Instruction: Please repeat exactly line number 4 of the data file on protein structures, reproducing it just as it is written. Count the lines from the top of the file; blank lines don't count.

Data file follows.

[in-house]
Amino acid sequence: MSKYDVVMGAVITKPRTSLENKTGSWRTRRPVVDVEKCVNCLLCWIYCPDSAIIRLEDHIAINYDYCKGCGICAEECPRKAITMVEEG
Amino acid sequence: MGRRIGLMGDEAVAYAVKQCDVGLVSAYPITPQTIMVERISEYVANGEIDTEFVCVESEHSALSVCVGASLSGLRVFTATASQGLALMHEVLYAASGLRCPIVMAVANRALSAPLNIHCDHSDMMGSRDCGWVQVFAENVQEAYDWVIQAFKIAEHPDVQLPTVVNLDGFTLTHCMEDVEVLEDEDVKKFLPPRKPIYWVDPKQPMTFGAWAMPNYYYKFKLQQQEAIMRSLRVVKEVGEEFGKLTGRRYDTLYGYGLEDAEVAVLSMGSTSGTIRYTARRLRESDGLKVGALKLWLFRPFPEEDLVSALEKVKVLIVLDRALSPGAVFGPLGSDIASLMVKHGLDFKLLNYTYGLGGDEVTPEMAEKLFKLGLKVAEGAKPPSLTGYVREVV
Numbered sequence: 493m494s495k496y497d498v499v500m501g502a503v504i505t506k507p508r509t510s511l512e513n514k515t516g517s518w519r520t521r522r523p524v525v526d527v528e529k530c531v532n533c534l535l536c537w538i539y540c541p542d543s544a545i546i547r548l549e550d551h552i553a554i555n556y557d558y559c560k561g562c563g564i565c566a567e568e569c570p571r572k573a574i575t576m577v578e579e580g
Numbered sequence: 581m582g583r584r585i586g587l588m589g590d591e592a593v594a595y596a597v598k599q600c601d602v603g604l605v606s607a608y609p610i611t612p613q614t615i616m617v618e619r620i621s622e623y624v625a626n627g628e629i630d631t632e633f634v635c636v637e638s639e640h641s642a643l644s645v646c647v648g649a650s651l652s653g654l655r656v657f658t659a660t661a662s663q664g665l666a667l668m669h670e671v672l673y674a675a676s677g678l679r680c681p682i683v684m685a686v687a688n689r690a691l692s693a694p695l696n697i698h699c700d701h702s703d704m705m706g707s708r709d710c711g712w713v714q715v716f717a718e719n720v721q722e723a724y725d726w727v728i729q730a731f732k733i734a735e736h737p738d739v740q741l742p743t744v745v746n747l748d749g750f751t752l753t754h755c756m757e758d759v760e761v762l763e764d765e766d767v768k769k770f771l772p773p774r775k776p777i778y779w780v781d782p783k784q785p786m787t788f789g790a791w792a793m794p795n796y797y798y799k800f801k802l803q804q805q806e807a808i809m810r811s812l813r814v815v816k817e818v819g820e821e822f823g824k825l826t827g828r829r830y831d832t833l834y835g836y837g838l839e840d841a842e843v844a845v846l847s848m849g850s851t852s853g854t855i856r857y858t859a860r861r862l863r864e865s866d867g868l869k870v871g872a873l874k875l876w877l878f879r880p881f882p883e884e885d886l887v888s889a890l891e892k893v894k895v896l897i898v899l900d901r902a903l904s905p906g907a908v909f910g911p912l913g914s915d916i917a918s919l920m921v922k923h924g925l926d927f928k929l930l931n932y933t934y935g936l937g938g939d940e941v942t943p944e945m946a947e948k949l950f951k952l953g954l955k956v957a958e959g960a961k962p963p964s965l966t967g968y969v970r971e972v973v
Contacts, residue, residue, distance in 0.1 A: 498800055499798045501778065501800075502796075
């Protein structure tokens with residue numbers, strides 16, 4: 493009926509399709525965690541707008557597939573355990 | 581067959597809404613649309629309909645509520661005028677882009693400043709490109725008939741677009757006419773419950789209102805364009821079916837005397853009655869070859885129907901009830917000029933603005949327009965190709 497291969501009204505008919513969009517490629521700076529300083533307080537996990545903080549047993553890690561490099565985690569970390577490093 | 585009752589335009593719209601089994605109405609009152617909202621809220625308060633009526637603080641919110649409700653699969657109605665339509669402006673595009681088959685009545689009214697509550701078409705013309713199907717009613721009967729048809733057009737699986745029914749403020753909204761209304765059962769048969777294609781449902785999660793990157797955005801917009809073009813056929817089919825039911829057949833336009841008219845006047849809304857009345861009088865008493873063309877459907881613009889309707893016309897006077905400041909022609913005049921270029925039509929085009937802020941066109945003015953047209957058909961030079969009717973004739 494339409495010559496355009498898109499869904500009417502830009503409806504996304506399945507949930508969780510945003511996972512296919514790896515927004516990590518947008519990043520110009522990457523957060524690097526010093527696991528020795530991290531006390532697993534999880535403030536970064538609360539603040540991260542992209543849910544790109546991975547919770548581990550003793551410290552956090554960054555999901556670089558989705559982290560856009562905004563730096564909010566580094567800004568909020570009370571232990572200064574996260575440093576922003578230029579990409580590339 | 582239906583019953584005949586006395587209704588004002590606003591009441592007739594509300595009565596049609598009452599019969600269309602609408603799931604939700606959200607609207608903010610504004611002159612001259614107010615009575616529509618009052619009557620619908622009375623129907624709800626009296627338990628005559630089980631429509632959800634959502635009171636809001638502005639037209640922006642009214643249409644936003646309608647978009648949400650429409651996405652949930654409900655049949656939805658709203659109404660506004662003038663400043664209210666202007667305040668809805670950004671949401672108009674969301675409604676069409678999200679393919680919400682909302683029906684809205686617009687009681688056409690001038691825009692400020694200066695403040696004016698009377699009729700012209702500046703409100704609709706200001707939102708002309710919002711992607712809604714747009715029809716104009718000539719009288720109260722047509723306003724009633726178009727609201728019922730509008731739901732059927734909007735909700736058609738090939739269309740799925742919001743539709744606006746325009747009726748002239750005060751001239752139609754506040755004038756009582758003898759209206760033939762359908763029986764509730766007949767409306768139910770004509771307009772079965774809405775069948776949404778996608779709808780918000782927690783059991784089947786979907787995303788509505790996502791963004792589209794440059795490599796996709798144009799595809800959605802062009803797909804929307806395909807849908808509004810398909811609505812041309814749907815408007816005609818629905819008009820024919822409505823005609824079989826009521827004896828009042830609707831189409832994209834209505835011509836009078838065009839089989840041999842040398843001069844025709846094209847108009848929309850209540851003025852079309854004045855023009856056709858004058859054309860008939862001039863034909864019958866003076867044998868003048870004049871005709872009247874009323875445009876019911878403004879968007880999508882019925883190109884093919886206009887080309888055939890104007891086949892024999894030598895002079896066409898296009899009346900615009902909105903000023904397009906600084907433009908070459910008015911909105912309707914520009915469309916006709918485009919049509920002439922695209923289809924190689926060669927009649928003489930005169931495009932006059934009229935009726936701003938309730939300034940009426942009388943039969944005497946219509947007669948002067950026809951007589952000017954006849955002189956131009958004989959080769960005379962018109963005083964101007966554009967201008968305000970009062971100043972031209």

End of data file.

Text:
Numbered sequence: 493m494s495k496y497d498v499v500m501g502a503v504i505t506k507p508r509t510s511l512e513n514k515t516g517s518w519r520t521r522r523p524v525v526d527v528e529k530c531v532n533c534l535l536c537w538i539y540c541p542d543s544a545i546i547r548l549e550d551h552i553a554i555n556y557d558y559c560k561g562c563g564i565c566a567e568e569c570p571r572k573a574i575t576m577v578e579e580g